Erik Pape, Philip Akkerman, Rens Krikhaar
paintings, drawings, watercolours
6 October – 4 November 2012
Painting remains a dynamic medium today. After post-modernism it seems to have limitless possibilities of subject and style. Some painters, however, dedicate themselves to a single subject which they choose to study meticulously. Gallery Maurits van de Laar shows the work of three generations of contemporary Dutch painters devoted to such a practice.
In the gallery, drawings by Rens Krikhaar and Philip Akkerman are shown, together with Erik Pape’s watercolour sketchbooks. Paintings by the three artists are exhibited in the extra space at Toussaintkade 55.
The senior painter in the exhibition is Erik Pape (b. 1942) who, ever since the start of his long career, has been fascinated by the city of Paris. His first subjects were the Canal St. Martin and the round basins in the Tuileries gardens, rendered in an atmospheric, almost abstract manner. After this he started to paint bold images of Notre Dame, Gare du Nord train station, Sacré Coeur church and metro stations. Gradually, his paintings become more subdued and Erik Pape began to single one particular subject: the Place de la Bataille de Stalingrad. In the area of this busy square, the metro runs above ground over a viaduct supported by cast iron columns. At first, Erik Pape rendered the area explicitly. Soon, the images became more internalized, showing only the outlines of the colums and archers of the square and seizing the atmosphere and dynamics of area.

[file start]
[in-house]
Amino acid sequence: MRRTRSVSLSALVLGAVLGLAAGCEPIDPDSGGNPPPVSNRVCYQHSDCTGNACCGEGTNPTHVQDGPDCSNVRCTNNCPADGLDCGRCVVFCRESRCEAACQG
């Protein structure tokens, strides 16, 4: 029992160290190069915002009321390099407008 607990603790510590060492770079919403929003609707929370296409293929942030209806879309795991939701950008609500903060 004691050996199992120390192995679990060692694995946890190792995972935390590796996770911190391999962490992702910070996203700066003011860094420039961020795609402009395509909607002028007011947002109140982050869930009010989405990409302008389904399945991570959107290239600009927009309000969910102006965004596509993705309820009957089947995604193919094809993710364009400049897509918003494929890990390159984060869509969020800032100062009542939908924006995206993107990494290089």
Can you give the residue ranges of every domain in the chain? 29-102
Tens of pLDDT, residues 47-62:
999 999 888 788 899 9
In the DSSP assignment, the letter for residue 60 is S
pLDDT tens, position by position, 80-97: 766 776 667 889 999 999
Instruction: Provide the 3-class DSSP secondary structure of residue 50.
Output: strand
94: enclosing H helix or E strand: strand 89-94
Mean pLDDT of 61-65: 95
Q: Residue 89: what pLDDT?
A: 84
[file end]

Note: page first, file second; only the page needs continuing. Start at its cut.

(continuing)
Philip Akkerman (b. 1957) is a phenomenon in contemporary Dutch painting. He has been exclusively painting his own face since 1981. To do so he uses a wide range of styles and techniques. Like the old Masters he starts with a drawing transferred onto panel with an oil sketch and then elaborated upon. The portraits vary in style and colour and range from the subdued and realistic to the exuberant and grotesque. One self portrait bears piercing eyes, another a top hat or other accessory. Yet another features a distorted face. At times boldly coloured at others almost dissolved thanks to the fluid brushstrokes that are continued in the background. By strictly holding onto the concept of self portraiture his work also documents time. Each painting shows the face of the artist at the moment of painting and therefore illustrates the passing of time.
Rens Krikhaar (1982), the youngest painter, is highly interested in the tradition of both western and Asian art. About a year ago he took to the subject of seventeenth- and eighteenth-century seascapes. This also lead him to spend time studying maritime history bringing famous admirals such as Michiel de Ruyter and notorious raiders like Simon the Dancer come to life. From this historic perspective he revives the tradition of maritime painting. His small paintings often show a delicate image in which the ships are rendered in only a few brushstrokes. The bigger paintings are more detailed and have dramatic light contrasts with sometimes violent images of fire and explosions, and men of war.